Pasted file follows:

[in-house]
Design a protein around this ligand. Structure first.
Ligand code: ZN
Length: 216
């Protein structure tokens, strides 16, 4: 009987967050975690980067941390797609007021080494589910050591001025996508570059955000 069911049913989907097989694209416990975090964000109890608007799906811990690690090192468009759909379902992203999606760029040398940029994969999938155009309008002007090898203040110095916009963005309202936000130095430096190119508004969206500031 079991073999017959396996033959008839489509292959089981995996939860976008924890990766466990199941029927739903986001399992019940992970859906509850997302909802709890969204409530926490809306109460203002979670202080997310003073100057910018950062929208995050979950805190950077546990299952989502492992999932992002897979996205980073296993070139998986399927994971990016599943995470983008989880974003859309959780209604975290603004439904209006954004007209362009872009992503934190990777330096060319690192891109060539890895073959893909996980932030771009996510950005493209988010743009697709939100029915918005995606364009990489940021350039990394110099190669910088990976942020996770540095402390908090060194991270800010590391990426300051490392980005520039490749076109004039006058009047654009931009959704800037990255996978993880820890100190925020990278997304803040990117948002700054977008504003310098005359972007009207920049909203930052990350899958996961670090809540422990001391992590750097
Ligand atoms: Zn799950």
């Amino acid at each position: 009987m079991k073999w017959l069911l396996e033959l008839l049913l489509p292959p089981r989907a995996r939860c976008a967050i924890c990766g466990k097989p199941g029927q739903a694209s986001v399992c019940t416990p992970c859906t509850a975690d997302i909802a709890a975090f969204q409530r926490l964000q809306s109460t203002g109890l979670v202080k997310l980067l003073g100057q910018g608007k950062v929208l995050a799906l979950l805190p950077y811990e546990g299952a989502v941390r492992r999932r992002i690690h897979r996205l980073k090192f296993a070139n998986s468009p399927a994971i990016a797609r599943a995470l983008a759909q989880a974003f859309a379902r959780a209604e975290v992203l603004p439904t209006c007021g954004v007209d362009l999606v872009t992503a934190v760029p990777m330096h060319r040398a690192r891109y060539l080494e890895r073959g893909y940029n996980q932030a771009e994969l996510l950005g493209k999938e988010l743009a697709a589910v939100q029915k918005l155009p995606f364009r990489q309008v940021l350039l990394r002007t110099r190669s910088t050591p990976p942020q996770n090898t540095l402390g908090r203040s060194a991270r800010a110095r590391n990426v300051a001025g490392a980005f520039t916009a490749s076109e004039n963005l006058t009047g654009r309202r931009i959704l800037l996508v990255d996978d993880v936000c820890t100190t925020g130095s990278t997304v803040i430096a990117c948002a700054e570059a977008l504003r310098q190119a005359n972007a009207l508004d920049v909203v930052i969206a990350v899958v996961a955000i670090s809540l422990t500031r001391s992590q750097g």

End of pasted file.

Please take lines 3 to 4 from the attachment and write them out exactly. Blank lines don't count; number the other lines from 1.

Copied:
Ligand code: ZN
Length: 216